"Dr. Chu is a strong advocate of enhancing and coordinating the federal investment in the Office of Science and other critical research offices at DOE. This investment and the coordination of these offices are essential for meeting our energy security and environmental challenges.

"Moreover, as a member of the committee that wrote the National Academies’ 'Rising Above the Gathering Storm,' Dr. Chu understands that DOE basic research, as well as basic research at such agencies as the National Science Foundation, the Department of Defense, and the National Institute of Standards and Technology, is essential to maintaining our innovation edge. With the nation working to recover from recession and chart a path to long-term economic growth, no investment is more important in the long run than basic research.

"President-elect Obama has been a strong advocate of this investment, as well, and we look forward to working with his administration and the new Congress to help restore our nation’s economic strength and maintain our global economic leadership."

Chu appeared at a Task Force event in September to highlight the importance of basic research to solving the nation's energy needs. Selections from his presentation appeared in FYI #94.

The confirmation hearing for the current Secretary of Energy, Samuel Bodman, was held the day before President Bush's second inauguration in January 2005. This two-hour hearing went very smoothly, with most of the questions from the members of the Senate Energy and Natural Resources Committee centering on energy-related issues. In commenting on the Chu Nomination, Secretary Bodman said yesterday:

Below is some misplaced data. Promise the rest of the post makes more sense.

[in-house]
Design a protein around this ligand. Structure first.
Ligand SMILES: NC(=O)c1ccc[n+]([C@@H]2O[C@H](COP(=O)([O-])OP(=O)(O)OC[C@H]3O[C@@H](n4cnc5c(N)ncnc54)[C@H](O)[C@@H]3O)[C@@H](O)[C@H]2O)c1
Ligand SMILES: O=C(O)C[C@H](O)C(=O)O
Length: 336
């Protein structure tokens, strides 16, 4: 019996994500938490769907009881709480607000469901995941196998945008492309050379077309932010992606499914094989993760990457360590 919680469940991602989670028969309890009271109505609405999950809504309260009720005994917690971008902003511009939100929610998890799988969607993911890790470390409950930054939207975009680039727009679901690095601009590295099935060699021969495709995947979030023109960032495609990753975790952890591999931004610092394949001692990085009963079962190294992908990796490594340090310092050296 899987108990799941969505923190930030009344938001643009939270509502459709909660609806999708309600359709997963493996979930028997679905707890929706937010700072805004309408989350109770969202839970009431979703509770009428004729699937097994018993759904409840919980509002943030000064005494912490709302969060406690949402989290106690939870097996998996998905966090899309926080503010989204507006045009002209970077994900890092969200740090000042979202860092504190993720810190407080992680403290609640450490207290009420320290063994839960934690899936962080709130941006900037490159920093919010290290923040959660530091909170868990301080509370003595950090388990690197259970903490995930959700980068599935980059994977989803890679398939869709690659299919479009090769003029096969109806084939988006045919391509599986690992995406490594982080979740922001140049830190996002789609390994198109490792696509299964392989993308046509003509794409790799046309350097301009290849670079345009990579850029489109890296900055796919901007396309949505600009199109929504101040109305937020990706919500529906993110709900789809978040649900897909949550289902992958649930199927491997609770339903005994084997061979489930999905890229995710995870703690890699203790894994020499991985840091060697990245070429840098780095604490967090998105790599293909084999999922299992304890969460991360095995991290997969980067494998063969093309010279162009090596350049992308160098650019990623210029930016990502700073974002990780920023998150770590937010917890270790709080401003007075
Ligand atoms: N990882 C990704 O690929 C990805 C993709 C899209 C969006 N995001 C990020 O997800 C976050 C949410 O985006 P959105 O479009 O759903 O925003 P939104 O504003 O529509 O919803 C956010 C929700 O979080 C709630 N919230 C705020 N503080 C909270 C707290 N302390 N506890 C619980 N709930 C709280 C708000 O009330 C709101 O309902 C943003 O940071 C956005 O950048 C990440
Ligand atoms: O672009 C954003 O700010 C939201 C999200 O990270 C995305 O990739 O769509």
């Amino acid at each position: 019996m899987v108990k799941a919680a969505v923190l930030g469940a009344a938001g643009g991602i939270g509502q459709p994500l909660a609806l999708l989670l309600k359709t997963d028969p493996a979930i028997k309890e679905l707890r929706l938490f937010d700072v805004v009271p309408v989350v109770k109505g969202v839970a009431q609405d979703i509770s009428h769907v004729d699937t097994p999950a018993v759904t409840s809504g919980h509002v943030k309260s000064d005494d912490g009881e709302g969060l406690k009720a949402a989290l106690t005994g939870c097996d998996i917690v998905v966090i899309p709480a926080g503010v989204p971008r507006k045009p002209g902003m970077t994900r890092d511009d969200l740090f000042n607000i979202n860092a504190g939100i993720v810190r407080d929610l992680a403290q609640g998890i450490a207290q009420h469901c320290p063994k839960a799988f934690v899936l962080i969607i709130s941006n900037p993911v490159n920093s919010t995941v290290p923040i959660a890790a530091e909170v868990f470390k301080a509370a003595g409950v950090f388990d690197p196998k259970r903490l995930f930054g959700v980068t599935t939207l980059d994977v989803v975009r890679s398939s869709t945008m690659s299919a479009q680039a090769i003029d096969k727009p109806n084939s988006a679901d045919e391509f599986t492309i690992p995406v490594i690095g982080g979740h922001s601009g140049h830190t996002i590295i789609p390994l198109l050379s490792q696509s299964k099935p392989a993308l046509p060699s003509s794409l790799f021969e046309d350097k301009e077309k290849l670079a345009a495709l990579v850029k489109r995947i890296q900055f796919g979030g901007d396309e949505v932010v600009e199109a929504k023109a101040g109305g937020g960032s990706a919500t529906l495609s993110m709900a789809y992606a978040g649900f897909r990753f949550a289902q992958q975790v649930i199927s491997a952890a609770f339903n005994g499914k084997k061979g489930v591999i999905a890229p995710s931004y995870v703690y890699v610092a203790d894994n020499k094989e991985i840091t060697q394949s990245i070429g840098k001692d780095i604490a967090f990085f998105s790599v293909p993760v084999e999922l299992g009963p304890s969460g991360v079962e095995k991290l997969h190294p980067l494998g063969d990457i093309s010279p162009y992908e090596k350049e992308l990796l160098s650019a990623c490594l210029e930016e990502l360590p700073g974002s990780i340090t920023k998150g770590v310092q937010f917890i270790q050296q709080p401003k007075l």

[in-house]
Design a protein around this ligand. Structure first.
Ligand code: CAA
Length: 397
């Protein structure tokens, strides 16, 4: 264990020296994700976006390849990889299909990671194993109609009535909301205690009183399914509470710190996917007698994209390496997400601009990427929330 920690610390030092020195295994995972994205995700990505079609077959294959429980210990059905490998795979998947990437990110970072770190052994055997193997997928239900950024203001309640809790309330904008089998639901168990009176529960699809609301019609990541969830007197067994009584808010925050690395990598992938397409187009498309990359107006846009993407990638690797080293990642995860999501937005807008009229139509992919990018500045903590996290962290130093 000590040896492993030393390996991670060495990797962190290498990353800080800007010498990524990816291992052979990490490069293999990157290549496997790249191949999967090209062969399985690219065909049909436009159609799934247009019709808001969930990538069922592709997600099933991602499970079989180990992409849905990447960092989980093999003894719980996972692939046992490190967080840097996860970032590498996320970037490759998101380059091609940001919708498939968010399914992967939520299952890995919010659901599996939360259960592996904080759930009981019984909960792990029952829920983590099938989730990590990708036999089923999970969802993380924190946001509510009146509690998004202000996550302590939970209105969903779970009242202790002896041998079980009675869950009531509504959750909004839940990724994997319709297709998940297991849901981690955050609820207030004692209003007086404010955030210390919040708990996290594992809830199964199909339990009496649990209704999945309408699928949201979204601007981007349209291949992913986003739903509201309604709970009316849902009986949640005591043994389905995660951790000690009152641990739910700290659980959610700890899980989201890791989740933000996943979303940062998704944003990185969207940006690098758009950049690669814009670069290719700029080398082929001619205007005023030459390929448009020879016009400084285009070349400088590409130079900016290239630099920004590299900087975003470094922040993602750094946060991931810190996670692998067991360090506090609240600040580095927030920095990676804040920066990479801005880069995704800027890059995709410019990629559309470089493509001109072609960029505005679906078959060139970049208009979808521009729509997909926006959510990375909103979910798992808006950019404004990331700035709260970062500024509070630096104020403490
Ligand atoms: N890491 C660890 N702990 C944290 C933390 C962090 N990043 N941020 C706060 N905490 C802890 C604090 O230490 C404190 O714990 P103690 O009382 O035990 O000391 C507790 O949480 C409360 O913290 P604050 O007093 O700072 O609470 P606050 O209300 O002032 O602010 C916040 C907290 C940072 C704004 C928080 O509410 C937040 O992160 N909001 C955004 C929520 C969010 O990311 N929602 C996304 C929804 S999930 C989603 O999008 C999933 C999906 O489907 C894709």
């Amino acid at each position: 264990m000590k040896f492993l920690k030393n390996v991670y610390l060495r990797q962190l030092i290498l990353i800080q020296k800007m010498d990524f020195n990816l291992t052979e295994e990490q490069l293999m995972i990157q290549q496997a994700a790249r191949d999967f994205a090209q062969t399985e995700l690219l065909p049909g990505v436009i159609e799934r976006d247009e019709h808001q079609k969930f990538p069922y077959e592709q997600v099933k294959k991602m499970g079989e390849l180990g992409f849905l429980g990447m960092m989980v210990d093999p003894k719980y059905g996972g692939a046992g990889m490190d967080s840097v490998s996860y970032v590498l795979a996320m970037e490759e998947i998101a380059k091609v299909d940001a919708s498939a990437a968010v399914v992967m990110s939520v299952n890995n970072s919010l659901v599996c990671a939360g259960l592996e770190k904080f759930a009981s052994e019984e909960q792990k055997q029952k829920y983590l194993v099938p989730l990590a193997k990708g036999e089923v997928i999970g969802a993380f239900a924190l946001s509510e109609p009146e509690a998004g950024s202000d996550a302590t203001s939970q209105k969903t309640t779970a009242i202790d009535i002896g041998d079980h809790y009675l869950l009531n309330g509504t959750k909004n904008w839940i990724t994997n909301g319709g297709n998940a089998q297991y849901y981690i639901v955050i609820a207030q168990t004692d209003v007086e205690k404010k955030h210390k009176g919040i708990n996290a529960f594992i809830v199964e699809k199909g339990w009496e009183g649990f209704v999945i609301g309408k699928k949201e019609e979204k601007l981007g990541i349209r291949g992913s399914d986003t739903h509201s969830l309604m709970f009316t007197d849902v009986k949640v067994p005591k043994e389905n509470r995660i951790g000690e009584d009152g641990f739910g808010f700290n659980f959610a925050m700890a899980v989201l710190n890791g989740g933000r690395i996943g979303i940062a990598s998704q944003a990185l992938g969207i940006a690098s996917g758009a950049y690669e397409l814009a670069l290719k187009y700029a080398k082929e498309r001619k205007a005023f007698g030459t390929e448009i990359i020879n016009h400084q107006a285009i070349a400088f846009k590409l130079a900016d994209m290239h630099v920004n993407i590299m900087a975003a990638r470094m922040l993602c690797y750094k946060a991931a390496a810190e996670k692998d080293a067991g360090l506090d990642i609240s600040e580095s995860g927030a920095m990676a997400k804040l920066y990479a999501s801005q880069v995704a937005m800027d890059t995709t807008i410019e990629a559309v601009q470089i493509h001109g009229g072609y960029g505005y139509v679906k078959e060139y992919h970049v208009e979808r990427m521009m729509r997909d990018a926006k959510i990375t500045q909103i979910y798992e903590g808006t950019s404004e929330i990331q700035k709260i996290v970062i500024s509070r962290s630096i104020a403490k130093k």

“The United States is faced with a series of challenges critical to its long-term energy and national security. Over the past four years, the U.S. Department of Energy has worked to ensure the availability of clean, diverse, and affordable energy supplies; to safeguard the nation’s nuclear stockpile and support national security efforts; to restore and rehabilitate this country’s Cold War legacy sites; and to maintain America’s status as the world’s leader in science and technology.

“To do all this and to do it safely is a task of considerable difficulty. So I am pleased to learn that President-elect Obama has selected Dr. Steven Chu to lead the Department. As the Director of the Department of Energy's Lawrence Berkeley National Laboratory, Dr. Chu understands the significance of our energy and environmental challenges, and more importantly, understands the technical solutions necessary to address them. He is also aware of the vital role that DOE plays in matters of energy and national security and appreciates the necessity of the Department’s voice on these matters. I fully expect the Department to continue as the leader of scientific funding and alternative energy technology development in the next Administration.

“I have worked with Dr. Chu for the past four years, and I hold him in the highest regard. I am confident he will provide the Department with the necessary leadership, vision, and expertise we need to continue to fulfill our mission.”